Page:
FORT LEE, Va. -- In September, Fort Lee and the entire U.S. Army joins the nation in the observance of National Preparedness Month – an awareness and call-to-action campaign that urges every member of our communities to face the realities of potential manmade or natural disasters and do something to reduce their chances of harm.
The theme of the 2018 observance is simple and direct: “Disasters Happen. Prepare Now. Learn How.”
“Put that in the context of what you, I and the rest of the Army does every day … which is to ensure our military forces are trained, equipped, and physically and mentally ready to defend or safeguard the nation when called upon to do so,” observed Thomas Loden, Fort Lee emergency manager in the Directorate of Plans, Training, Mobilization and Security.
“We know this enemy.” he continued. “It comes at us in the form of hurricanes, severe tornado-producing storms, flooding and we’ve witnessed the types of recent attacks across the nation that result in mass casualties and destruction. So, we have to ask ourselves what the responsibilities are to prepare and practice contingency plans. What can be done individually and collectively to protect ourselves and keep us moving forward on the battlefield?”
The national website www.ready.gov similarly recommends a lot more than mere discussion when it comes to preparedness. “Take time to learn lifesaving skills, such as CPR and first aid,” its messaging reads. “Check your insurance coverage for the hazards you may face (paying attention to what’s not covered as much as what is). Make sure to consider the costs associated with disasters and save for an emergency. Also, know how to take practical safety steps like shutting off water and gas in your home.”
An important consideration that’s backed up by testimonial interviews from victims of disasters across the nation is what occurs in the immediate wake of a devastating event. Beleaguered eyewitnesses describe the desperation they felt, the home safety measures that were inadequate, the immediate medical help they couldn’t get and the complications of lost power, communications and access to basic supplies.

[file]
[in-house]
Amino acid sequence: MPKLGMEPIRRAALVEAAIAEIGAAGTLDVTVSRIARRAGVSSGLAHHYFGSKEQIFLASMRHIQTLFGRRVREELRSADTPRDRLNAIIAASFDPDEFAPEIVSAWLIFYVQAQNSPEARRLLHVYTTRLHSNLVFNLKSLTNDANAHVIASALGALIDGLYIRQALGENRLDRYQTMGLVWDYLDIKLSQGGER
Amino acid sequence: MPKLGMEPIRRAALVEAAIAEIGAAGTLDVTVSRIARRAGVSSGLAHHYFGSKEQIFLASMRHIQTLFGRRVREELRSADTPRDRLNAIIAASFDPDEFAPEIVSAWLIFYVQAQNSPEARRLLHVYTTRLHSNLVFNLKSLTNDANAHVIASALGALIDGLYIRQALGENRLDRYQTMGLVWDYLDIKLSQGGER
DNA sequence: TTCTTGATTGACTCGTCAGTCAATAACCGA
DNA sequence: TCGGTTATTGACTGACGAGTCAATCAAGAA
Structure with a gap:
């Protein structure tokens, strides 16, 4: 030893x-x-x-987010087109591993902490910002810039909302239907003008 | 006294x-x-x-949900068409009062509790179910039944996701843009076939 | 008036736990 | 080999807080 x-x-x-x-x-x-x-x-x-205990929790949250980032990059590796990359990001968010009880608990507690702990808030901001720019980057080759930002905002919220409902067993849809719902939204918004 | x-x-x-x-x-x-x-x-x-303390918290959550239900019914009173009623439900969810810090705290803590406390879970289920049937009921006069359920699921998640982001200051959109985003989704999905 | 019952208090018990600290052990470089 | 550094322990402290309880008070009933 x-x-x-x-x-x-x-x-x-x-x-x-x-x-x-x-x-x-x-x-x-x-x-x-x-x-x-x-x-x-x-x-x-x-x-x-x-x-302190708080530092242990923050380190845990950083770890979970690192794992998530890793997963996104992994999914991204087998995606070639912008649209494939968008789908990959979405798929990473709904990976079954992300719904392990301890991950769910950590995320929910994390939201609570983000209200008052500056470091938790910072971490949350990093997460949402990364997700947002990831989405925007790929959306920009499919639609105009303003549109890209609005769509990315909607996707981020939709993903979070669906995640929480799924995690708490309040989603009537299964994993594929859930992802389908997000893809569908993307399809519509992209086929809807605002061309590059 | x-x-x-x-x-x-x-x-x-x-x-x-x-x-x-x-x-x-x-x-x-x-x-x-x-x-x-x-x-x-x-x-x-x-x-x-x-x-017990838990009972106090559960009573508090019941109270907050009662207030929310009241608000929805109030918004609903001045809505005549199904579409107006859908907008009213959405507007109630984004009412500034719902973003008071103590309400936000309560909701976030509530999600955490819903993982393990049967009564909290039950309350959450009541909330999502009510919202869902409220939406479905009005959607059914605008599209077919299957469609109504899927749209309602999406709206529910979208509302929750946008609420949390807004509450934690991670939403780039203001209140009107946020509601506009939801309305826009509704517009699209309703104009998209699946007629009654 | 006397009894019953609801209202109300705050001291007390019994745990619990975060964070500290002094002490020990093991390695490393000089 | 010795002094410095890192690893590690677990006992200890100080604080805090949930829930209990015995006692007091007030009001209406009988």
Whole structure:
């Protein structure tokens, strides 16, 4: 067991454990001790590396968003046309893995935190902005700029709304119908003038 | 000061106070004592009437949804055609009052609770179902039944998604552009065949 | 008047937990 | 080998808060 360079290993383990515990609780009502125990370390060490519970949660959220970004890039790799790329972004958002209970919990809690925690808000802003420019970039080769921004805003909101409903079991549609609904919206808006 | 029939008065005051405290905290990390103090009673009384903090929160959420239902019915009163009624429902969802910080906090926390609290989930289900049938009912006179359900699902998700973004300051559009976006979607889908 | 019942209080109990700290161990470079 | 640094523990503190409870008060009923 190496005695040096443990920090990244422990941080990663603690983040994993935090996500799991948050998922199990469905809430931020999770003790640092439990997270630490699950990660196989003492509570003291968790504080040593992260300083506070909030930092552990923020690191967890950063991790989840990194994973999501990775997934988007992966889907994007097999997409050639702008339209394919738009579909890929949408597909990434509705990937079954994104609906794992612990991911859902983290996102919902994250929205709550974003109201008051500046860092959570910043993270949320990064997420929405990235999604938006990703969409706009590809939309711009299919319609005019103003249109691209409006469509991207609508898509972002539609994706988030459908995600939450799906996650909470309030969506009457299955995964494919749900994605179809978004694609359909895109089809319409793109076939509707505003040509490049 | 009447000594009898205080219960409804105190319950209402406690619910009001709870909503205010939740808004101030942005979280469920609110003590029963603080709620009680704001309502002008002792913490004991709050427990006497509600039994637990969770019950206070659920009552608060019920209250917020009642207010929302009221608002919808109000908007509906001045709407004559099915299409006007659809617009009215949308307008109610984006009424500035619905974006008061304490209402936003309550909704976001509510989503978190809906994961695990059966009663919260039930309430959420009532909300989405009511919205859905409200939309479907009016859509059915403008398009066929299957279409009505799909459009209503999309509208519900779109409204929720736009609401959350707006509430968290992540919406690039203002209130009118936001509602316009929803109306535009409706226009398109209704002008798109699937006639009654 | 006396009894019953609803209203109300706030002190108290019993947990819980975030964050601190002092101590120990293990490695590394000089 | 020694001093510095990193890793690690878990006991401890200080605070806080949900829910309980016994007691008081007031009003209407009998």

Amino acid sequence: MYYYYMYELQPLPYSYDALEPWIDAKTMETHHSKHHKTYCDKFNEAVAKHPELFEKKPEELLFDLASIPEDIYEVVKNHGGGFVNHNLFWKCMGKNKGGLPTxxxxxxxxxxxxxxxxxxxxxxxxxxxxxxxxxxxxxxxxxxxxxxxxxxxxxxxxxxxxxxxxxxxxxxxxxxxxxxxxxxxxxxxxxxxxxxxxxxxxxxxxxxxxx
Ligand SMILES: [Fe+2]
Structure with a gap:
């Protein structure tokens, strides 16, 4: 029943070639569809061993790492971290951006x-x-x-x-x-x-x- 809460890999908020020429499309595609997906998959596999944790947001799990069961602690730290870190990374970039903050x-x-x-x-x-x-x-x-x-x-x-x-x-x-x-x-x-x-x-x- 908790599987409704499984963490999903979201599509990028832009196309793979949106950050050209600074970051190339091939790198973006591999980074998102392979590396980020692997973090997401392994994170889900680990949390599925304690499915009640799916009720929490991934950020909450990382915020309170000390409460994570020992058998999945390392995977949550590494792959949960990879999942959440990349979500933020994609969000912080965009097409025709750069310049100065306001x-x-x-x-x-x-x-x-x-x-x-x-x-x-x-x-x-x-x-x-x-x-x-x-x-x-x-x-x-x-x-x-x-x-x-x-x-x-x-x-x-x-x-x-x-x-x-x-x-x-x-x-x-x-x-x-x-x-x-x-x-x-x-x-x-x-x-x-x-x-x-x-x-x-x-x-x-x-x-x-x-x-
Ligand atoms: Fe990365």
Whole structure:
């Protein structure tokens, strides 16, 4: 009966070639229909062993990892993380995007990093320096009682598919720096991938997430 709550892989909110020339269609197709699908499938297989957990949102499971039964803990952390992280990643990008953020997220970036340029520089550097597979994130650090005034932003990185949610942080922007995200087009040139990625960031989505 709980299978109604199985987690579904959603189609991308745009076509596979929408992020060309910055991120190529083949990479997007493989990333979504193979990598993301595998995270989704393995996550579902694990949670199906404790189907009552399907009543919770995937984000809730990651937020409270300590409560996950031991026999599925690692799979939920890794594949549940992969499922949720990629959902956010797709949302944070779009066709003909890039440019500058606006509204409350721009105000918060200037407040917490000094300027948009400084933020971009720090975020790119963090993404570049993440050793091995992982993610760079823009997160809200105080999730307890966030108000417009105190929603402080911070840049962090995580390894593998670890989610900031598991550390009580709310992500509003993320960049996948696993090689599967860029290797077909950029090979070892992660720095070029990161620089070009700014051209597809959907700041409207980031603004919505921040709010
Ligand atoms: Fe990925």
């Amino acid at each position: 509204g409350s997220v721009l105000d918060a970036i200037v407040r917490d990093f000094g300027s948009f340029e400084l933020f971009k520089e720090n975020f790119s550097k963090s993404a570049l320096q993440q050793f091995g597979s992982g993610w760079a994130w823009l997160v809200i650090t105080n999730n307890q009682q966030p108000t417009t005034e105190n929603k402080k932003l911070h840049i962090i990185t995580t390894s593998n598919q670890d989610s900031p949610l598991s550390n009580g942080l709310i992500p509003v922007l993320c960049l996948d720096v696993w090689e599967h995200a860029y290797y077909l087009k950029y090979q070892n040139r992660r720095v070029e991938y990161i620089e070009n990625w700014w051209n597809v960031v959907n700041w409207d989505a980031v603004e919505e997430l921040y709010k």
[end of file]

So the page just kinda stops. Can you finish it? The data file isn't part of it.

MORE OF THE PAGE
“Most assume immediate assistance is just a phone call away,” Loden said. “What they fail to consider is that emergency personnel – whether police, fire, medical or those providing utility services – will have a large influx of calls to handle, and it may take them much longer than normal to render assistance. Additionally, no power means no access to gas pumps or grocery stores. Roads may be impassable due to fallen debris or flooding. There are many complicating factors that could put community members in a short-term survival situation, and it does no good at that point to wish they had done some prior emergency planning and preparation.”
Army experts in the emergency preparedness business offer an additional consideration for “seasoned” community members. Is that junior-ranking service member or his family, who may have just moved into the area, prepared? Maybe they’ve never experienced a hurricane or tornado threat. The bottom line is looking out for the community as well as ourselves because, as noted on the ready.gov website, neighborhood residents are likely to be the first to render assistance well before first responders arrive.
“Our chain of command takes this very seriously, I can assure you,” Loden noted. “Resources have been dedicated to providing the step-by-step information required for effective emergency planning and preparation. Throughout the coming month in the Traveller and other post communication venues, we (DPTMS) will be passing along need-to-know facts, checklists and consideration points. The rest is up to our community members, keeping in mind that we’re not talking about something that’s only done in September. The campaign is about awareness and education … ensuring individuals, families and the community are ready for whatever is thrown at them is a year-round business.”
Subjects to be addressed throughout the month include emergency communication systems at Fort Lee; preparedness kit checklists and factors families should consider; weather alert and evacuation terminology; and more.
Team Lee members also should be aware of several websites promoting NPM goals. They include the Army Disaster Personnel Accountability and Assessment System, an online tool used by service leaders to keep track of – and provide support to – government personnel and families members after catastrophes. Those in the system should update their information regularly and newcomers to the Army should set up an account as soon as possible. Websites offering guidance and preparation pointers include the Ready Army resource at www.acsim.army.mil/readyarmy and the Ready Virginia page at www.readyvirginia.gov.